Give readers who are ready to change the opportunity to identify themselves to you, so you can continue developing a relationship with them. To reveal what this could be for your clients, ask yourself, “What does the person I can help the most wake up at 2:00 a.m. worrying about?” Talk directly to that problem.

Here are some examples:

  • Do you find yourself arguing with your husband and not know how to break the cycle? Jump on a 10-minute call, and I’ll help you figure out how.
  • Find yourself making great food choices during the day but overeat at night? There’s a simple way to stop—click reply and I’ll explain what works.

Here is an example from one of my clients:

  • Has your doctor told you that insulin injections are the next step? Click here to book a 10-minute call with me, and I will explain what your doctor is too busy to tell you but you need to know BEFORE you start.
  • My current 90-Day “Blood Sugar and Weight Loss” Challenge is full. Click reply now and I’ll add you to the early-bird waiting list for the next one.’
  • Want to know why your sugars may spike? Click here to download my “Foods to Avoid” guide and learn which “healthy” foods have hidden sugar.

This resulted in three 10-minute calls, 12 additions to the 90-Day Challenge and 21 downloads of the guide. None of this is selling. We are not hoping people will take a big leap and sign up to months of coaching. We are merely identifying people who may be ready and engaging with them. If you’re wondering if this works, ask yourself, “What will happen to my business if nothing changes?” Sending a newsletter is something you can do today, now.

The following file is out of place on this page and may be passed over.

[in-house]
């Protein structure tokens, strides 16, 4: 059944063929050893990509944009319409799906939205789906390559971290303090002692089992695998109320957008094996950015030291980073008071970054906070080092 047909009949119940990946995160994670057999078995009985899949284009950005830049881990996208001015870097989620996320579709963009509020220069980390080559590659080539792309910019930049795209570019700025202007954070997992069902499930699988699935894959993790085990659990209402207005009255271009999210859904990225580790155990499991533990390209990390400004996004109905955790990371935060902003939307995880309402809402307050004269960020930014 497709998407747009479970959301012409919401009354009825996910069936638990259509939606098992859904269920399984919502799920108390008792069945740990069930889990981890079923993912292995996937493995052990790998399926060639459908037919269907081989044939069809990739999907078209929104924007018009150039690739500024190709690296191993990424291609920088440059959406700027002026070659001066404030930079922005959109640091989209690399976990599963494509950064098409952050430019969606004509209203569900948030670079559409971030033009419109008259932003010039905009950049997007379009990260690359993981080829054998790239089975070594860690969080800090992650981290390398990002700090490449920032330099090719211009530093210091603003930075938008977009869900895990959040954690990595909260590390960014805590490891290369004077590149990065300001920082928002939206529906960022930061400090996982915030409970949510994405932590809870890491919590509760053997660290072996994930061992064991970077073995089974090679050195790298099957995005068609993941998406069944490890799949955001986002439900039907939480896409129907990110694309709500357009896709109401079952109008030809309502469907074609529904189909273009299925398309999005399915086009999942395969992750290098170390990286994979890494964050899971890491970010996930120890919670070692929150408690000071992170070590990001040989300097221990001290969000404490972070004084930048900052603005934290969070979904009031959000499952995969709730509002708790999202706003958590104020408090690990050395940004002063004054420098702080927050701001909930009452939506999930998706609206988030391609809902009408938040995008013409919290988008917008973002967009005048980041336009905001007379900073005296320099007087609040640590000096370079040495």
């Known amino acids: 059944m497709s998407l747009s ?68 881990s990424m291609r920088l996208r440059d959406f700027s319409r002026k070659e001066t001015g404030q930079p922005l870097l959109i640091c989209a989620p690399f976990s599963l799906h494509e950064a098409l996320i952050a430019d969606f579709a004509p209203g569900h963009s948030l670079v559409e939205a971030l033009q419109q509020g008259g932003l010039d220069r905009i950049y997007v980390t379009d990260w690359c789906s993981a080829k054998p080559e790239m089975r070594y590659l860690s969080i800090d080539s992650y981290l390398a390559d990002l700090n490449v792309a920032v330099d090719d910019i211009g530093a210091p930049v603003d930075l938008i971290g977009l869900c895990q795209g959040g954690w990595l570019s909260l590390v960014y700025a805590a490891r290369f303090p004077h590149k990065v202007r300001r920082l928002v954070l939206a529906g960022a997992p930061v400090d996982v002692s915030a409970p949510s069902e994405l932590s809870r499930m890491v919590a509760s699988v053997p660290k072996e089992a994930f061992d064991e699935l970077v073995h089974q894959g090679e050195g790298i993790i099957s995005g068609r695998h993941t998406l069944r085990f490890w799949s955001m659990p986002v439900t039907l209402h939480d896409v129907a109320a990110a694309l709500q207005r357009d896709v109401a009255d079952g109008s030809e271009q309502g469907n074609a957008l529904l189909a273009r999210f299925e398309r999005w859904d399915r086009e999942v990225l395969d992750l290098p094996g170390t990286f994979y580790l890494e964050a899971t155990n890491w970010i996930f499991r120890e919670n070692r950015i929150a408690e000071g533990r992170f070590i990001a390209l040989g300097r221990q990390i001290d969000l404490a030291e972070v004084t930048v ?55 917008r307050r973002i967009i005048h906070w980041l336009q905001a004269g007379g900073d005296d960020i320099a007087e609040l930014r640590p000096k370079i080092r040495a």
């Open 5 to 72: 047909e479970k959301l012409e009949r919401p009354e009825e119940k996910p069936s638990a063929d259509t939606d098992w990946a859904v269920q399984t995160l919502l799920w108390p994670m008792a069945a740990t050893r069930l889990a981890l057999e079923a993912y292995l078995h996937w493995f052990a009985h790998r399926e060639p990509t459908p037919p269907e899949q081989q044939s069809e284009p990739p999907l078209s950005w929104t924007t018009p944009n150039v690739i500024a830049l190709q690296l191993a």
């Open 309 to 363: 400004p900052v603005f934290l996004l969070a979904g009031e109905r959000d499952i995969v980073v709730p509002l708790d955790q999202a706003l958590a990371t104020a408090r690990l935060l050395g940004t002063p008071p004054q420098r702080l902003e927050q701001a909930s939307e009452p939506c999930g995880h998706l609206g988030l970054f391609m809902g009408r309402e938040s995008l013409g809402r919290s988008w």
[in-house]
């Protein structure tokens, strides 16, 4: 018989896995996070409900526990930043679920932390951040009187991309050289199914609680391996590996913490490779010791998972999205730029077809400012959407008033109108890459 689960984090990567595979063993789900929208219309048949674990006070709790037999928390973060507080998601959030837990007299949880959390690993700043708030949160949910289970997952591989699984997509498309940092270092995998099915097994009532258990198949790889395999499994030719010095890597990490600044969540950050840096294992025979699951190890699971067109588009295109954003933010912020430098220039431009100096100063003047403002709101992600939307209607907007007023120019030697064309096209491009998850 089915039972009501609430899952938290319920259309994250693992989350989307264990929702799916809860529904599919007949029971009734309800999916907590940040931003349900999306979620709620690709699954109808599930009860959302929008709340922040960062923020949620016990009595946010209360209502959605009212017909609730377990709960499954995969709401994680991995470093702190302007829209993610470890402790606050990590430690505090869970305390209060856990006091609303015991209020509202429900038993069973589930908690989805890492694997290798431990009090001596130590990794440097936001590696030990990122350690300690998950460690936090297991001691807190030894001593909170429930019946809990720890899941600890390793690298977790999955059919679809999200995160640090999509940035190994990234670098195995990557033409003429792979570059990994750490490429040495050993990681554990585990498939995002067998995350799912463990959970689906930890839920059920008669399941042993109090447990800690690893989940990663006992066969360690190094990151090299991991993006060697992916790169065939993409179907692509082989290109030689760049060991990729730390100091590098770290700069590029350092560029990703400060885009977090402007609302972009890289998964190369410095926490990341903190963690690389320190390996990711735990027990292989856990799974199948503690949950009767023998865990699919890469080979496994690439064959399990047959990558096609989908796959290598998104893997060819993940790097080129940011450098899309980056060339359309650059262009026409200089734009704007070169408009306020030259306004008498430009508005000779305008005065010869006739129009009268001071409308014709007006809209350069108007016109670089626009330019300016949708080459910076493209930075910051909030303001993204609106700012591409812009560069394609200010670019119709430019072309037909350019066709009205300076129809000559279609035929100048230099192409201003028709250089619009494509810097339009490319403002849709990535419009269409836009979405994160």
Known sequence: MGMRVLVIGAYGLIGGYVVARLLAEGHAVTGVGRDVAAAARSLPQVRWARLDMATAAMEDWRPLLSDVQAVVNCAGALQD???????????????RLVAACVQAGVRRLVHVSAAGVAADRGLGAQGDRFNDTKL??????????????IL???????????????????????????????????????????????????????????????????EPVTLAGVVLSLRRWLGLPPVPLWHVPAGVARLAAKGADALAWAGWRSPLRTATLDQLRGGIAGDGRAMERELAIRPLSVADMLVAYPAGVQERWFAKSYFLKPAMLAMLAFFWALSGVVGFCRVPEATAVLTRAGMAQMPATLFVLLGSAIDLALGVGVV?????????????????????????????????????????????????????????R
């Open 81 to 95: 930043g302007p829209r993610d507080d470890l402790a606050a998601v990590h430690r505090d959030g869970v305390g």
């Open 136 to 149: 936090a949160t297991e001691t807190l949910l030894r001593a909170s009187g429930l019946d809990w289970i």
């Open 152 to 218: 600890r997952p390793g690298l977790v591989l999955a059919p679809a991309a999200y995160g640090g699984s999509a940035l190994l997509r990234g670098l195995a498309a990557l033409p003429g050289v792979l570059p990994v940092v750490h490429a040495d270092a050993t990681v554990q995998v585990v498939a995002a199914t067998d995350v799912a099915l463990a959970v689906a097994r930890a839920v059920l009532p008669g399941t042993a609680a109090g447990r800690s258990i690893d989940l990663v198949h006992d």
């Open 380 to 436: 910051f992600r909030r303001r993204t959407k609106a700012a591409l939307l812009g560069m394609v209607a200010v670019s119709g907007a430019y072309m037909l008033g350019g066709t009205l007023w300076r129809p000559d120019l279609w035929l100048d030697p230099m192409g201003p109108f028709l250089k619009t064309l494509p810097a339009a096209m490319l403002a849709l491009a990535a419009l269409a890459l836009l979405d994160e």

You have the outline to write the newsletter. Follow it and give people you already know effortless ways to take that first step towards working with you. Who out there needs your help and is waiting for that opportunity to connect with you? This is how you find them.

Gareth Kemp

Gareth Kemp is obsessed with simple, effective marketing that helps coaches stand out from the crowd, so they can attract and engage new clients.  He has written a book “The Zoologist’s Secret to Create a Thriving Coaching Business" that is free for download.

The views and opinions expressed in guest posts featured on this blog are those of the author and do not necessarily reflect the opinions and views of the International Coach Federation (ICF). The publication of a guest post on the ICF Blog does not equate to an ICF endorsement or guarantee of the products or services provided by the author.